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Wow, this is the oldest raw Pu Erh I’ve drank so far (second oldest was like 2001-2003 vintage), but on the other hand I find mellow ripe Pu Erhs more appealing. Dry leaf looks fascinating – long, twisted with rust-coppery texture and minimal leaf brake. You could tell by its appearance that it wasn’t handled much. With a short hot breath blowing onto leaves I definitely noticed dusty dryness with earthy and mewllow backtone and a floral hint (which was quite surprising).

I’m inexperienced with raw variants and not familiar with water temperature appropriate for brewing it but I read that lower temperature is used for younger raw Pu Erhs and close to boiling for older ones. Since I got a 6-7 gram sample of 1997 vintage I really couldn’t experiment much so I decided that I’ll use 3 grams with 100ml water on 95 Celsius. It would be nice if ESGREEN could provide brewing instrucions.

Infusions: 10, 10, 12, 14, 16, 20, 25, 30, 40, 60, 120, 180

Fifteen years is a lot for loose-leaf Pu Erh when you think about it, there’s got to be a lot dust in it so I rinsed it three times. First infusion was somewhat light half-murky caramel tone with faint aroma and heavy (but nut overpowering) acidic taste and light tobbaco finish. Second infusion seemed to awaken the leaf (maybe I should go for four rinses instead?) and brought out a deeper caramel tone wile giving away of not-so-desired wet and stale notes.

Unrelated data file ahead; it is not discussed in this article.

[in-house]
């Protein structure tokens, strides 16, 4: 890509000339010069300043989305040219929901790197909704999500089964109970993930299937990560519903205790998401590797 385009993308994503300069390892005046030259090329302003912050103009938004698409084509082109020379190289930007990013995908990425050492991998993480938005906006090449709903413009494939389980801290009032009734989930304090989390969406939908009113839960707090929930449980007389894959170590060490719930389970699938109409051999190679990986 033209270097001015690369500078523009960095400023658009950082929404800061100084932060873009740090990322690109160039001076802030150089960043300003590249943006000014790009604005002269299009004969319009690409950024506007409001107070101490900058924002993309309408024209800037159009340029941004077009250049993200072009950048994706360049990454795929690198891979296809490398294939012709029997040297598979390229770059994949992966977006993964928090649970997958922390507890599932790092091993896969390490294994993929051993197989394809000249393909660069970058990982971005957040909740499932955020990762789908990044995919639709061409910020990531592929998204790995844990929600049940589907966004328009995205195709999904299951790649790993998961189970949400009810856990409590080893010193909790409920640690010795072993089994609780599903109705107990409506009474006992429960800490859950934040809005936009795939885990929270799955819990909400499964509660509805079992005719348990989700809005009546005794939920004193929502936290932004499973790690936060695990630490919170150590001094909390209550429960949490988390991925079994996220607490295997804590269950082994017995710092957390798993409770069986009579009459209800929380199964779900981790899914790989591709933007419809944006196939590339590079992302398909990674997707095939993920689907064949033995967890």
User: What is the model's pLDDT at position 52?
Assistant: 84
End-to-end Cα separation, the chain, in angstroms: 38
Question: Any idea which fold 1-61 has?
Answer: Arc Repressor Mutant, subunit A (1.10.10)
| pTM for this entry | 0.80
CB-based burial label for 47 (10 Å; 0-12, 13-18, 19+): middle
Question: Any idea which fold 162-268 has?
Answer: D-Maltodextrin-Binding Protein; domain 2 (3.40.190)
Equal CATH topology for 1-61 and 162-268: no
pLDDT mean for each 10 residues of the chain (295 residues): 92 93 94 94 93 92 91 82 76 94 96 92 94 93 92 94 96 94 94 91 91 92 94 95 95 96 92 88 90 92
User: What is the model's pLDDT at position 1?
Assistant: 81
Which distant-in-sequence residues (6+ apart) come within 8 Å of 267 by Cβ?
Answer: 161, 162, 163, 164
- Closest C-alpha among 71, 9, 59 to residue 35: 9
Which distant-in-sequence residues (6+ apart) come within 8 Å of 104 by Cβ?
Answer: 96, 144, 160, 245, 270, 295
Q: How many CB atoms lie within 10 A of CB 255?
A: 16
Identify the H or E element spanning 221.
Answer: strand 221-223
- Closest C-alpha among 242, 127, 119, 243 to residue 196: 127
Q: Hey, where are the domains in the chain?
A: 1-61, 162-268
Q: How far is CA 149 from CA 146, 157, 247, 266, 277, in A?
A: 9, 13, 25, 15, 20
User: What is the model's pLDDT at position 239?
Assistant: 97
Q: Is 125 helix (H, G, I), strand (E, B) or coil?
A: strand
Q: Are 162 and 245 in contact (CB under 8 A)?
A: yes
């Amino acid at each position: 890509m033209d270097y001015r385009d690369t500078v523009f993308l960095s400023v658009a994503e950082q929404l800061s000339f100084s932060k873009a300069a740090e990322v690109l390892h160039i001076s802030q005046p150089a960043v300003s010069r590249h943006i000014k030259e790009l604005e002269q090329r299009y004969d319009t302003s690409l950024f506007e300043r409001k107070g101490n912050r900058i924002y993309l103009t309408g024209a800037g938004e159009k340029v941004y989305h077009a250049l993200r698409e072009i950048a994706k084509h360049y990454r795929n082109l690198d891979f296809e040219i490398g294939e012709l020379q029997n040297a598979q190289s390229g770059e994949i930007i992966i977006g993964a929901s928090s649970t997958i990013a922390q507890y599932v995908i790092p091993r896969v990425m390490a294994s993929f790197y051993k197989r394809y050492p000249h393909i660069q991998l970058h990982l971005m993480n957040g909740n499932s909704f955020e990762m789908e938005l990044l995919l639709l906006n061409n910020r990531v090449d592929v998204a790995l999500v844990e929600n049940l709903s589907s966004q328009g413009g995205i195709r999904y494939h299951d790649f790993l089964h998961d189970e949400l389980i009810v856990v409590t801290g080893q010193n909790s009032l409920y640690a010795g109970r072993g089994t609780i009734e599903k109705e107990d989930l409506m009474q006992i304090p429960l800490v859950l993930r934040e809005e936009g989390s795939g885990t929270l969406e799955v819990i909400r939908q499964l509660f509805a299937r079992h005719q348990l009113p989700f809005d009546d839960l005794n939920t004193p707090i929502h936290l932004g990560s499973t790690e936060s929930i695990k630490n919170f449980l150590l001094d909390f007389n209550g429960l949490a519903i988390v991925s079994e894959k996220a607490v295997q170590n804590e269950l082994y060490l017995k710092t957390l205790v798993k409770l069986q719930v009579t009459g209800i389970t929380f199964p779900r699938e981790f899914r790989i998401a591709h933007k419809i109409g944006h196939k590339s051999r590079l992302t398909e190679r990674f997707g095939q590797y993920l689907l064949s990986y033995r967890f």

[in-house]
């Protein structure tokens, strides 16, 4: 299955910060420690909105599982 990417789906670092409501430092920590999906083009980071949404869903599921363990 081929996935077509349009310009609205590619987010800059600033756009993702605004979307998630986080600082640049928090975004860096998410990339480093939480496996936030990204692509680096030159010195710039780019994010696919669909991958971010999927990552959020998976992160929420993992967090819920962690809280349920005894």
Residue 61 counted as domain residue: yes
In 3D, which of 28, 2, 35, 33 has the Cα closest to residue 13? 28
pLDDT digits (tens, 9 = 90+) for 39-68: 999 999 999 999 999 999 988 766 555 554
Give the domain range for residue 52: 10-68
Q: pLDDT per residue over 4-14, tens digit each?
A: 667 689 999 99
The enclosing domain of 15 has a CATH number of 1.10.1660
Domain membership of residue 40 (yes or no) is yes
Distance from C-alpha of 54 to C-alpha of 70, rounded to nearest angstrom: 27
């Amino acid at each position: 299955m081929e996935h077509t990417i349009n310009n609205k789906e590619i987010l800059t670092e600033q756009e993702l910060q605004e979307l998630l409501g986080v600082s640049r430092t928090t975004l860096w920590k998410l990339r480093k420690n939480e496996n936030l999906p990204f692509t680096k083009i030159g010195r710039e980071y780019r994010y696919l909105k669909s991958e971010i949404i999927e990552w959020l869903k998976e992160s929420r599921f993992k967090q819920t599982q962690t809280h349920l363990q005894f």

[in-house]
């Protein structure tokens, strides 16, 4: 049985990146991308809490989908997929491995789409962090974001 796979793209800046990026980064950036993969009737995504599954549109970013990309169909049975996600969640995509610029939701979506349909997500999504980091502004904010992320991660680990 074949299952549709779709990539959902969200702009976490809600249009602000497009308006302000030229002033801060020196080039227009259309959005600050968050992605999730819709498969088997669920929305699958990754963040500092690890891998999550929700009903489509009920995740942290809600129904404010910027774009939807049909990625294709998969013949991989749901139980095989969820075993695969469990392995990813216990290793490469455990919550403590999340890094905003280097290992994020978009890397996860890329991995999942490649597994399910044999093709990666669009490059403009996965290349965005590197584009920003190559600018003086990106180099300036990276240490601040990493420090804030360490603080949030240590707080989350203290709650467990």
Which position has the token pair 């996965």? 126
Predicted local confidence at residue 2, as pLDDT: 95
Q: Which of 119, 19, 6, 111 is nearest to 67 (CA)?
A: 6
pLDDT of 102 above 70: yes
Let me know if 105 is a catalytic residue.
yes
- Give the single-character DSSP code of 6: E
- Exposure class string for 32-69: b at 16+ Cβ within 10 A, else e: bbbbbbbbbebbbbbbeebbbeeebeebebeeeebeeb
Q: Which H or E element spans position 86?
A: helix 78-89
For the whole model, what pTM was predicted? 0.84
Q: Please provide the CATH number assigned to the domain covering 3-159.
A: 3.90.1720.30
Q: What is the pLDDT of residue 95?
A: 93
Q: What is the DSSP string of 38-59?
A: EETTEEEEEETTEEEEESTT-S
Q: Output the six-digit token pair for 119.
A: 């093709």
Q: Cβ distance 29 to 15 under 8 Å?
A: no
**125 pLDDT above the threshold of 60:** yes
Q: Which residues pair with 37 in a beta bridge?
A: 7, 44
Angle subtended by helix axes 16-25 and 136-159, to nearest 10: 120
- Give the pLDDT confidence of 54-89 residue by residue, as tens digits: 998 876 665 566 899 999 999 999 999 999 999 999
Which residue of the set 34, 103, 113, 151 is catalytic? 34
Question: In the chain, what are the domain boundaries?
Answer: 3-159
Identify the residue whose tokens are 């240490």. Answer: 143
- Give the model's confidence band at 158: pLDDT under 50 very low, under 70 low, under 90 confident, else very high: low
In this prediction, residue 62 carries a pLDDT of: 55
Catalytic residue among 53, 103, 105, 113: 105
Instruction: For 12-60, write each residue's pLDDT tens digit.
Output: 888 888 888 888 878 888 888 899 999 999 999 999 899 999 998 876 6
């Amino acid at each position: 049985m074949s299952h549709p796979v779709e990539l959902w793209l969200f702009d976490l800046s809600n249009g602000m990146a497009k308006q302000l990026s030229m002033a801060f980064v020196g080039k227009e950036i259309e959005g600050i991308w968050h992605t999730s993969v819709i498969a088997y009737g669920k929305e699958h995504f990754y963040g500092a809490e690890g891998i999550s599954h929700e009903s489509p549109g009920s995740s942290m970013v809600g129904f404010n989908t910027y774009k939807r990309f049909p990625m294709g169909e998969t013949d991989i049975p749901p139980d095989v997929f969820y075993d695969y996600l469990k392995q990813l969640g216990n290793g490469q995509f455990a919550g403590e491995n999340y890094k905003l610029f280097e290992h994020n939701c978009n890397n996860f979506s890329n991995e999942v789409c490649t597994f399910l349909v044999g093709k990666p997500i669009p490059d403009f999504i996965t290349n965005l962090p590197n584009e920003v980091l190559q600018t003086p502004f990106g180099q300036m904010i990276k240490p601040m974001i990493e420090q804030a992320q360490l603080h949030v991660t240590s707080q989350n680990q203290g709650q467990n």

However, I did enjoy it more than first infusion since acidic profile settled a bit and made a way for some new, but faint notes to appear. Liquor is silky on tongue and the same tobbaco finish with addition of tinglinkg sensation on tongue. Third infusion is more of what I anticipated – deeper tone with hint of acid (or should I call it sour?), nice boost on tobbacco followed by just a hint of bitterness and dry finish. After few sips I also noticed that some faint notes of… clay? It reminds me of eating a stew from unglazed clay pots.
On fourth steep is where the party started, clay notes blended with those of tobbacco and it reminded me of some better Pu Erhs I’ve tasted. Fifth infusion brought out the mellowness and previous notes that seemed to be of same magnitude. At this point I noticed that the tea is starting to get hard on my stomach/liver. Suprisingly, sixth infusion brought out some floral notes while vanquishing any remnants of dust, but with less prominent tobacco note.